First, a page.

Jurassic Acoustics: Global Warming May Take the Low Frequency Sound Transmission Properties of the Ocean Back to the Age of the Dinosaurs
David G. Browning email@example.com
139 Old North Road
Kingston, RI 02881-1418
Peter M. Scheifele firstname.lastname@example.org
University of Cincinnati, Dept. Communication Sciences
3202 Eden Road, P.O. Box 670379
Cincinnati, OH 45267-0379
Popular version of paper 2aUW14 presented at the 164th ASA Meeting, 2012 in Kansas City, Missouri.
During global warming, the major culprit, carbon dioxide, gets absorbed in seawater, causing oceans to become more acidic, hence the term ocean acidification. Surprisingly there is a link between this process and sound transmission in the ocean. The rate at which low frequency sound is absorbed in seawater, thus determining how far it will be able to travel, is determined by a chemical reaction, involving the element boron, whose effect decreases if the seawater becomes more acidic. In other words, if the ocean becomes more acidic low frequency sound, like a whale calling, will be able to travel further. Based on estimates of acidification (ref.1), we anticipate that by the year 2100 low frequency sound near the ocean surface might travel significantly further than at present.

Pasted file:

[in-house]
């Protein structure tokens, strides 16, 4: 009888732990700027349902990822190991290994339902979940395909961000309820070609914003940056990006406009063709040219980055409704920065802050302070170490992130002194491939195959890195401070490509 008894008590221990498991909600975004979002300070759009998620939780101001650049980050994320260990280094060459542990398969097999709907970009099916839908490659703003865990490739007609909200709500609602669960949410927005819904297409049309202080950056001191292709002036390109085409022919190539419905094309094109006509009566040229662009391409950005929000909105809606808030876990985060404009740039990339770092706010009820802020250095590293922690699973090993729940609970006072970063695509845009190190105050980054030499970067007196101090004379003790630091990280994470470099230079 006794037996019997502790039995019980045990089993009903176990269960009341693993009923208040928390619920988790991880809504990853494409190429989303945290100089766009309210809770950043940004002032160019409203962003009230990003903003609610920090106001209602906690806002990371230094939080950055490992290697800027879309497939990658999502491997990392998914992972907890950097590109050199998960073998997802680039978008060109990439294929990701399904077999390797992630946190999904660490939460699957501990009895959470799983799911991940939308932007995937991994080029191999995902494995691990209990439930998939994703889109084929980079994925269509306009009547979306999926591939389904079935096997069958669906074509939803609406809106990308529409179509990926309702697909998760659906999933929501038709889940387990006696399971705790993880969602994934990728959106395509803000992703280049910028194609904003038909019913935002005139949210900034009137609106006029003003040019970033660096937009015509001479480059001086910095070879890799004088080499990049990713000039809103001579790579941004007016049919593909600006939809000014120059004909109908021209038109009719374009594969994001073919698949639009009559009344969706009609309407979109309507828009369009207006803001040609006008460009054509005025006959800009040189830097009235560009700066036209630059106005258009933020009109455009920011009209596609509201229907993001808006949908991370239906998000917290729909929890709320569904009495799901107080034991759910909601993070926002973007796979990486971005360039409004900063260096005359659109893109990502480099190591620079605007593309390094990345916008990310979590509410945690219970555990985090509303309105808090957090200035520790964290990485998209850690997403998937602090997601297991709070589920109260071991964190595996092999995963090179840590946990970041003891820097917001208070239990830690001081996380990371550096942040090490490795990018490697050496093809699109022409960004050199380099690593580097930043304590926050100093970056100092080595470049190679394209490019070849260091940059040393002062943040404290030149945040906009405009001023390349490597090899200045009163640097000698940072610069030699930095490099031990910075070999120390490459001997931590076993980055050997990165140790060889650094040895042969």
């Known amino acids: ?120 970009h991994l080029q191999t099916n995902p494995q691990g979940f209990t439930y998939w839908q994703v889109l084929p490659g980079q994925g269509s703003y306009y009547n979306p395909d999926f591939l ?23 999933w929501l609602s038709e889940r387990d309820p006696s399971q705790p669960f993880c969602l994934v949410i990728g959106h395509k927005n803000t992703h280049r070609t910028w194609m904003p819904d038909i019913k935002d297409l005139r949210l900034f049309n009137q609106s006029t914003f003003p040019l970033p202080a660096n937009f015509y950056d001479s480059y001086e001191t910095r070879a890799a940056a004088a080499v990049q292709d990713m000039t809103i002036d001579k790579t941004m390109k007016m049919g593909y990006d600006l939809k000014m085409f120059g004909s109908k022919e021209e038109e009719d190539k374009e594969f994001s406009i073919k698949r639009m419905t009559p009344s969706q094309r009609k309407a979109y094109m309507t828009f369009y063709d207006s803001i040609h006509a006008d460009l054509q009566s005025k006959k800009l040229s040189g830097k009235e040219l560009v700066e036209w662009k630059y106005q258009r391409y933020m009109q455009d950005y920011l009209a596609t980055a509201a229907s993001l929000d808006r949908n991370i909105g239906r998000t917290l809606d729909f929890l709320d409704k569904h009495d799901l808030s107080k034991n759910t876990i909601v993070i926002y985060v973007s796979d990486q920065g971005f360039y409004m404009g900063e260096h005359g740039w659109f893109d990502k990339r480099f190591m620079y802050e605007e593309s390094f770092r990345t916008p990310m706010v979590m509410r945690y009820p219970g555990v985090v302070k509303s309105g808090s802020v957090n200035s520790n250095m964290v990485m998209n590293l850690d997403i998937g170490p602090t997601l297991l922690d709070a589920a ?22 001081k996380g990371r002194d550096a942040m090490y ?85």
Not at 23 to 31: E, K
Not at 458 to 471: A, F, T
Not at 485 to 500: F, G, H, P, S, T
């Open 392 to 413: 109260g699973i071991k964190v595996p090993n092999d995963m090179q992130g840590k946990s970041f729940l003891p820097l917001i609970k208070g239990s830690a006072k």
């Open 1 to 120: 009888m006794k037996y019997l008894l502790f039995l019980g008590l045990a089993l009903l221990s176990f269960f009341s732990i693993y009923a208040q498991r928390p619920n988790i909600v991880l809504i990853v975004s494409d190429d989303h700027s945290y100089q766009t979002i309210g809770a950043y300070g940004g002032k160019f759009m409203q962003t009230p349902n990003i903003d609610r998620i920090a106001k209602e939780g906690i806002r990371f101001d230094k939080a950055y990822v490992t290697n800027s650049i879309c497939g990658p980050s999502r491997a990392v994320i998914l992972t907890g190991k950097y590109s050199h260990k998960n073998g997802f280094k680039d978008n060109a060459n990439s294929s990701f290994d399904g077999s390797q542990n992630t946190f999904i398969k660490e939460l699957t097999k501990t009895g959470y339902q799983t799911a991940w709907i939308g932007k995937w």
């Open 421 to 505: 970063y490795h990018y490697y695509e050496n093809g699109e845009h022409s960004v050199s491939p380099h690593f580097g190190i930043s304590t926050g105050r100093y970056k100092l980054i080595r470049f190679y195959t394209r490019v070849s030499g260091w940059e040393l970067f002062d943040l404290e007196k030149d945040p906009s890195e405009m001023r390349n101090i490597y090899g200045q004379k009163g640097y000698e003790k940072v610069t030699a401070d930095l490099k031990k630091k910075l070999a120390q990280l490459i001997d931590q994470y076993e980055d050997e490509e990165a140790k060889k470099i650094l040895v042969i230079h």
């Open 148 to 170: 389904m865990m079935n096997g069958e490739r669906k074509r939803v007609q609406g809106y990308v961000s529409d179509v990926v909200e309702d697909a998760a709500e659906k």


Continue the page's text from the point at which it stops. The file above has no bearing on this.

How does this compare with the past? By analyzing the boron in ocean sediments scientists (ref.2) have been able to determine how acidic the ocean has been all the way back to 300 million years ago. We can then use this data to determine the low frequency sound transmission. It turns out that 300 million years ago the sound transmission in the ocean was quite similar to what we have today. It then improved as the ocean became more acidic, there must have been an abundance of carbon dioxide, reaching its best value around 110 million years ago – in the Age of the Dinosaurs – allowing low frequency sound to travel twice as far.
From then to near the present time there is a gradual decrease in sound transmission – but now indications, attributed to global warming, are that the trend has turned again and seawater acidity is indeed increasing again. Predictions of the change in ocean acidity suggest that in the future we may well be back to the same conditions for sound transmission in the ocean that occurred when dinosaurs roamed the land.
1. “Ocean acidification due to increasing atmospheric carbon dioxide”, The Royal Society, Policy document 12/05, June 2005. ISBN 0 85403 617 2 www.royalsoc.ac.uk
2. “The Geological Record of Ocean Acidification”, Barbel Honisch et al., SCIENCE, vol.225, 1058-1063, 2 March 2012.